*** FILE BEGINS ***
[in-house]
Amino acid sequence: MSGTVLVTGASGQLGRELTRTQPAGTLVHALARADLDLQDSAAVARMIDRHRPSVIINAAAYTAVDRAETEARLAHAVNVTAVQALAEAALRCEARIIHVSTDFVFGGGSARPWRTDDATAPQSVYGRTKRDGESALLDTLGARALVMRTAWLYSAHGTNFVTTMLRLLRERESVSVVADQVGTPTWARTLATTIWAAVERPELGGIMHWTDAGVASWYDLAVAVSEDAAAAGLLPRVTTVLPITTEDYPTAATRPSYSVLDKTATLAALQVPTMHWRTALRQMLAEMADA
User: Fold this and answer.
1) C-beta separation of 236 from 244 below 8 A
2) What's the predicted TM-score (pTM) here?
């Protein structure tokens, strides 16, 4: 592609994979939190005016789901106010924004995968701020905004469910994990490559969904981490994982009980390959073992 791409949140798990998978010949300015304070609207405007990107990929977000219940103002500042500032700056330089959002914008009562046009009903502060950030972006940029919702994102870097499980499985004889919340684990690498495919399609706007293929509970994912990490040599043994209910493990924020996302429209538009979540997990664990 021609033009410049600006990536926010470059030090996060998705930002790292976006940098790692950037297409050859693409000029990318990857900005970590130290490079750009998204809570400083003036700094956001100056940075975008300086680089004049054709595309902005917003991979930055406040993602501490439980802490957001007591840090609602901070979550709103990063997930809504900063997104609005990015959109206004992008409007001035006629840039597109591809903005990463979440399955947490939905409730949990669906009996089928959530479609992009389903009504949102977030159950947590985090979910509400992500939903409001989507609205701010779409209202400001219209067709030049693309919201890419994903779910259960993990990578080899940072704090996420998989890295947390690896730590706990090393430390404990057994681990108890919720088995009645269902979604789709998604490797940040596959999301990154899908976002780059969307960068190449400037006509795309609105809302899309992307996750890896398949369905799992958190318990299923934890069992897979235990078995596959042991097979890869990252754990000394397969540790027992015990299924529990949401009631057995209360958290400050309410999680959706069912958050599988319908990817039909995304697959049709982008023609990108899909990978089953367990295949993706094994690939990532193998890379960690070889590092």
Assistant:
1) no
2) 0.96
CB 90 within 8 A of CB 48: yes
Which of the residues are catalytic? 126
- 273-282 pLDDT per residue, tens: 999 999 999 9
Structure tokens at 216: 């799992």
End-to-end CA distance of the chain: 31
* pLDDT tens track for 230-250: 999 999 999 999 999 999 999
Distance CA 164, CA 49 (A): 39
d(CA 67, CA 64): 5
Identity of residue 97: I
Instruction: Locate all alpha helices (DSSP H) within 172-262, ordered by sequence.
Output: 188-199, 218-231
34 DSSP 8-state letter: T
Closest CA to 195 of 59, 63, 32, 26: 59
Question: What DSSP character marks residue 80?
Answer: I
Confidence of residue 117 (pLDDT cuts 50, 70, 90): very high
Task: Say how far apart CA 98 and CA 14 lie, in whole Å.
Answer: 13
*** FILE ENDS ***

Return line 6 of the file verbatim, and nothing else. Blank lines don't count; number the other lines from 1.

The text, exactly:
């Protein structure tokens, strides 16, 4: 592609994979939190005016789901106010924004995968701020905004469910994990490559969904981490994982009980390959073992 791409949140798990998978010949300015304070609207405007990107990929977000219940103002500042500032700056330089959002914008009562046009009903502060950030972006940029919702994102870097499980499985004889919340684990690498495919399609706007293929509970994912990490040599043994209910493990924020996302429209538009979540997990664990 021609033009410049600006990536926010470059030090996060998705930002790292976006940098790692950037297409050859693409000029990318990857900005970590130290490079750009998204809570400083003036700094956001100056940075975008300086680089004049054709595309902005917003991979930055406040993602501490439980802490957001007591840090609602901070979550709103990063997930809504900063997104609005990015959109206004992008409007001035006629840039597109591809903005990463979440399955947490939905409730949990669906009996089928959530479609992009389903009504949102977030159950947590985090979910509400992500939903409001989507609205701010779409209202400001219209067709030049693309919201890419994903779910259960993990990578080899940072704090996420998989890295947390690896730590706990090393430390404990057994681990108890919720088995009645269902979604789709998604490797940040596959999301990154899908976002780059969307960068190449400037006509795309609105809302899309992307996750890896398949369905799992958190318990299923934890069992897979235990078995596959042991097979890869990252754990000394397969540790027992015990299924529990949401009631057995209360958290400050309410999680959706069912958050599988319908990817039909995304697959049709982008023609990108899909990978089953367990295949993706094994690939990532193998890379960690070889590092």